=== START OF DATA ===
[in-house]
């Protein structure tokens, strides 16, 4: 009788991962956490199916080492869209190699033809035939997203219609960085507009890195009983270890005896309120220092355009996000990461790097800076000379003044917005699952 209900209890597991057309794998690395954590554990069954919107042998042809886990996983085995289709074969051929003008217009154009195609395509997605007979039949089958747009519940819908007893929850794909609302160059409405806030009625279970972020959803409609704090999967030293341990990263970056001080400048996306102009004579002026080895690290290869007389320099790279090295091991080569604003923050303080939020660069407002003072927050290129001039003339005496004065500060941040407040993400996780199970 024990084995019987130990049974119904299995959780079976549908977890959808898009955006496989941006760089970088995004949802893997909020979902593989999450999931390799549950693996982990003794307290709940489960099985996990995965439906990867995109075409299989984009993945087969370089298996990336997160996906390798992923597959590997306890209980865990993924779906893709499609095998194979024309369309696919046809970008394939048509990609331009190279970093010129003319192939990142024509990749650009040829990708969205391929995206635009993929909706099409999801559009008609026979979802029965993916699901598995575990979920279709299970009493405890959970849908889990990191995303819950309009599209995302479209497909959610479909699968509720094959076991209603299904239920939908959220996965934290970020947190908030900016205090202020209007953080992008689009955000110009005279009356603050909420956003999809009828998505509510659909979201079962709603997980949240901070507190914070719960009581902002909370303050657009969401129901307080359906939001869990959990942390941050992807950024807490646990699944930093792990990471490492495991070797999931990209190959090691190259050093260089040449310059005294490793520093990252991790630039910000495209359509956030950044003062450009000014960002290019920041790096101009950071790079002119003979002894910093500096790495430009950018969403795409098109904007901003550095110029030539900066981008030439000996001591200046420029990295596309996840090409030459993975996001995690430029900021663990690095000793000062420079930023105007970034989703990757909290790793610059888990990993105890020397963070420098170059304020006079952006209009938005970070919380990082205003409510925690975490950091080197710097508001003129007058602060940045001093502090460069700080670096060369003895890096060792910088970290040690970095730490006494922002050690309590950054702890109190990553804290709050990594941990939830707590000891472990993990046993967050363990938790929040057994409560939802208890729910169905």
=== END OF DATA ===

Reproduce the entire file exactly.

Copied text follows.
[in-house]
């Protein structure tokens, strides 16, 4: 009788991962956490199916080492869209190699033809035939997203219609960085507009890195009983270890005896309120220092355009996000990461790097800076000379003044917005699952 209900209890597991057309794998690395954590554990069954919107042998042809886990996983085995289709074969051929003008217009154009195609395509997605007979039949089958747009519940819908007893929850794909609302160059409405806030009625279970972020959803409609704090999967030293341990990263970056001080400048996306102009004579002026080895690290290869007389320099790279090295091991080569604003923050303080939020660069407002003072927050290129001039003339005496004065500060941040407040993400996780199970 024990084995019987130990049974119904299995959780079976549908977890959808898009955006496989941006760089970088995004949802893997909020979902593989999450999931390799549950693996982990003794307290709940489960099985996990995965439906990867995109075409299989984009993945087969370089298996990336997160996906390798992923597959590997306890209980865990993924779906893709499609095998194979024309369309696919046809970008394939048509990609331009190279970093010129003319192939990142024509990749650009040829990708969205391929995206635009993929909706099409999801559009008609026979979802029965993916699901598995575990979920279709299970009493405890959970849908889990990191995303819950309009599209995302479209497909959610479909699968509720094959076991209603299904239920939908959220996965934290970020947190908030900016205090202020209007953080992008689009955000110009005279009356603050909420956003999809009828998505509510659909979201079962709603997980949240901070507190914070719960009581902002909370303050657009969401129901307080359906939001869990959990942390941050992807950024807490646990699944930093792990990471490492495991070797999931990209190959090691190259050093260089040449310059005294490793520093990252991790630039910000495209359509956030950044003062450009000014960002290019920041790096101009950071790079002119003979002894910093500096790495430009950018969403795409098109904007901003550095110029030539900066981008030439000996001591200046420029990295596309996840090409030459993975996001995690430029900021663990690095000793000062420079930023105007970034989703990757909290790793610059888990990993105890020397963070420098170059304020006079952006209009938005970070919380990082205003409510925690975490950091080197710097508001003129007058602060940045001093502090460069700080670096060369003895890096060792910088970290040690970095730490006494922002050690309590950054702890109190990553804290709050990594941990939830707590000891472990993990046993967050363990938790929040057994409560939802208890729910169905």